Monday, 25 April 2011

What to Do About Your Anger

This is a follow up to “What You Need to Know About Anger”, a previous post, in which David Powlison of the Christian Counseling and Education Foundation began a conversation about the root of anger.
Let no corrupting talk come out of your mouths, but only such as is good for building up, as fits the occasion, that it may give grace to those who hear. And do not grieve the Holy Spirit of God, by whom you were sealed for the day of redemption. Let all bitterness and wrath and anger and clamor and slander be put away from you, along with all malice. Be kind to one another, tenderhearted, forgiving one another, as God in Christ forgave you. Therefore be imitators of God, as beloved children. And walk in love, as Christ loved us and gave himself up for us, a fragrant offering and sacrifice to God. Ephesians 4:29-5:2
David Powlison
The Apostle Paul tells us that we shouldn’t stuff our anger, or blow up, or gossip. He tells us to go to God for help. As you go to Him, you will learn how to think through your angry reactions, how to go to other people in such a way that you’re actually asking for help, and how to go to the other person in a way that’s constructive. Here are five questions to ask yourself, and then one thing you need to do that will direct your honest meeting with God.

1. What is happening around me when I get angry? What pushes your buttons? Think of specific times when you become angry. Make a list of the last five times you got angry, or keep track of the next five times. When did you get angry at something that doesn’t really matter in God’s world? When did you get angry because you had made a good thing more important than God? And, when did you get angry because you were truly wronged?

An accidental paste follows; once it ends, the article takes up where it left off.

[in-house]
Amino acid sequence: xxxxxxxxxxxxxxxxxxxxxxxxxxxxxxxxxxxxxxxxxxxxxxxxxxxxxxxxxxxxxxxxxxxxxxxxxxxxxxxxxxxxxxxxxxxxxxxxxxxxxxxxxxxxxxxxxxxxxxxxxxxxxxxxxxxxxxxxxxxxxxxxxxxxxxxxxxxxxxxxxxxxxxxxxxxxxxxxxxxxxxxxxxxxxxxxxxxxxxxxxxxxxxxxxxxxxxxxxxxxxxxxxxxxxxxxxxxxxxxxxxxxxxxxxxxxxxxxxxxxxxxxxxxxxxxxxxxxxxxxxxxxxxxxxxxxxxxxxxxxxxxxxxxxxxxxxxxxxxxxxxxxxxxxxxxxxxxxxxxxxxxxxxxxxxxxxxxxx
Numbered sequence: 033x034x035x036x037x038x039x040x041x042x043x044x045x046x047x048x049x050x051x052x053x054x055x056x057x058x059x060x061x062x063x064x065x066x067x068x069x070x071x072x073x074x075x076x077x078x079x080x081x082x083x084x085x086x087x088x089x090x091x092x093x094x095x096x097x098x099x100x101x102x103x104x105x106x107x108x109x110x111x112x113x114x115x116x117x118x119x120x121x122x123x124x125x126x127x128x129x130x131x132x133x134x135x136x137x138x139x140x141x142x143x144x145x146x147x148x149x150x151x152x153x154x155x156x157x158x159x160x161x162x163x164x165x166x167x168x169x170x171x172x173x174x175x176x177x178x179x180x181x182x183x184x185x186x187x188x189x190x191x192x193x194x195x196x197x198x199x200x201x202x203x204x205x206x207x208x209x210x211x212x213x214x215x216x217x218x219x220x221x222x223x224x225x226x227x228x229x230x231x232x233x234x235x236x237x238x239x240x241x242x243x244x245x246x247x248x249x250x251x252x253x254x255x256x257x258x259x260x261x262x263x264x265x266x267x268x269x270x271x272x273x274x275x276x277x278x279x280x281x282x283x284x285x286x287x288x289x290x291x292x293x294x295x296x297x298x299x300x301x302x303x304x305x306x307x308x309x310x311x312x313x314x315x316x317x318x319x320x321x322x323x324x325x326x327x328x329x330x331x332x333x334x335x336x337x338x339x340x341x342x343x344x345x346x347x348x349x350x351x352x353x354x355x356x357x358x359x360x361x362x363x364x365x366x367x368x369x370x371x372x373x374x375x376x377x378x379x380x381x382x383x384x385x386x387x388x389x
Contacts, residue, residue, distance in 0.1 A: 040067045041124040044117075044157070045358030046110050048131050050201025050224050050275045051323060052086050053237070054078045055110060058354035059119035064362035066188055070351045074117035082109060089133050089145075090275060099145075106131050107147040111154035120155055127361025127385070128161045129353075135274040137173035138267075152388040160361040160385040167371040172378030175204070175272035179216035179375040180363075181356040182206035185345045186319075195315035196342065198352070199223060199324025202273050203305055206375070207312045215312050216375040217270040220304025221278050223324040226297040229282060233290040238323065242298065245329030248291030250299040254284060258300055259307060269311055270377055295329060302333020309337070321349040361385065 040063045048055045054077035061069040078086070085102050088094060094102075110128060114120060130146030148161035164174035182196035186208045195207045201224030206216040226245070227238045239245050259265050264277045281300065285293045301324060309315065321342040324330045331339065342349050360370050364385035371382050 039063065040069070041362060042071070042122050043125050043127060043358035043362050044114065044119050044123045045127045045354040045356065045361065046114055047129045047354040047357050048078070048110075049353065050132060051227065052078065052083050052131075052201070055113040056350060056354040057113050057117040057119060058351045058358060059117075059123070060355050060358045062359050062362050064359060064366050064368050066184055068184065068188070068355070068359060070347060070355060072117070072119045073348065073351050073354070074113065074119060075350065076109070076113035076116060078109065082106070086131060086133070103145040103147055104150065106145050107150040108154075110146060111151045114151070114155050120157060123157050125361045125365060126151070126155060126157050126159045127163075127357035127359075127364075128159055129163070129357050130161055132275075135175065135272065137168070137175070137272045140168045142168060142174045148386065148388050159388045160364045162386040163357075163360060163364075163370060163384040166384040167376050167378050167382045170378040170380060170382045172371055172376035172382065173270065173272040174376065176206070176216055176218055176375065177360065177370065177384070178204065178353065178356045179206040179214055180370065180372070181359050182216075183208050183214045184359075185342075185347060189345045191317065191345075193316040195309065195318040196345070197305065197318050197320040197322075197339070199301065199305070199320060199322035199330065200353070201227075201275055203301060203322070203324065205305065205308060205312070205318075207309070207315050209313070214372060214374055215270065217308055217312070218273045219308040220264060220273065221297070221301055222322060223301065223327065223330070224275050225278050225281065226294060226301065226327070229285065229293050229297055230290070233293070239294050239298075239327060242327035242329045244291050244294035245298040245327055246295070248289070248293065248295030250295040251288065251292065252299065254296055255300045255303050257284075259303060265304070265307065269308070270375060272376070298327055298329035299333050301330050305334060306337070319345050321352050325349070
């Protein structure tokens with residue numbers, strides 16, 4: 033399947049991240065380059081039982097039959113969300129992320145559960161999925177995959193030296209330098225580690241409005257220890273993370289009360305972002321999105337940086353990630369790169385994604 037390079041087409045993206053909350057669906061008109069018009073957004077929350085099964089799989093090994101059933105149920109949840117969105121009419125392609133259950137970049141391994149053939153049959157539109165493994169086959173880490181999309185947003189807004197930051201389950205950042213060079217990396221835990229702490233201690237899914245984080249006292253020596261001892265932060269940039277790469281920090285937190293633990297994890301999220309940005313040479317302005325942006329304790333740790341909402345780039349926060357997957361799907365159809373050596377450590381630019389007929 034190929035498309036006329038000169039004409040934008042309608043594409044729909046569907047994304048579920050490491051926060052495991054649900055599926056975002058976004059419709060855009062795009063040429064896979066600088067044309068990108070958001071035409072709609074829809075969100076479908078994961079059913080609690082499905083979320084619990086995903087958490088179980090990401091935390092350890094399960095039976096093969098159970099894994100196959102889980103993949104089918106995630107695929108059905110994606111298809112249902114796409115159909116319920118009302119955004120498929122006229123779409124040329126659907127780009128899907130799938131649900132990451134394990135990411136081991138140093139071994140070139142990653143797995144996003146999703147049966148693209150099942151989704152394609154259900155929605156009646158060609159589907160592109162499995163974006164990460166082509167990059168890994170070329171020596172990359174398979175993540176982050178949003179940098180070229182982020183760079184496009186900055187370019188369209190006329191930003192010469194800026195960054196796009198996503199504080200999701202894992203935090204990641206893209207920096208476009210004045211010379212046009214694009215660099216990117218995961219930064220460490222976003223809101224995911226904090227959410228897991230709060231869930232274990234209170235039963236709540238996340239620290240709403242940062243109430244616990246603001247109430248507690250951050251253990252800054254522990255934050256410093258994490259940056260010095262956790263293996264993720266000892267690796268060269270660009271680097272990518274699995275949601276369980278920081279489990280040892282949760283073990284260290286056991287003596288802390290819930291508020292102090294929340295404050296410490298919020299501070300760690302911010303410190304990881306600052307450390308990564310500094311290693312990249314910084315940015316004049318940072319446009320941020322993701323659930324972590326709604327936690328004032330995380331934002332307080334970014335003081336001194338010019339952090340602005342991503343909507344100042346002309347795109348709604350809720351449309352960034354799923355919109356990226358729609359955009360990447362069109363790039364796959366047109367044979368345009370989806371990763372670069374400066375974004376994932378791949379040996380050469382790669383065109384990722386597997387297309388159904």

2. How do I act when I get angry? Look at your list and write down what you do when your anger goes wrong. Do you express your anger in bitterness (stuffing your anger)? In arguing (in expressing your anger freely to those around you)? In slander (gossiping and talking about those who have wronged you)? Or in some combination of all three?

3. What were my expectations (what did I want, need, demand) when I became angry? Examining your motives brings God into the discussion, because it reveals what hijacked God’s place in your heart. Your answer will show you where you need God’s help the most.

4. What message does God have for me, in His word, that will speak to my anger? Think back to what James says about the cause of anger. We get sinfully angry when we forget that God, not us, is in charge of the world.

5. What am I called to do? Your relationship with God will always lead you to your relationship with people.

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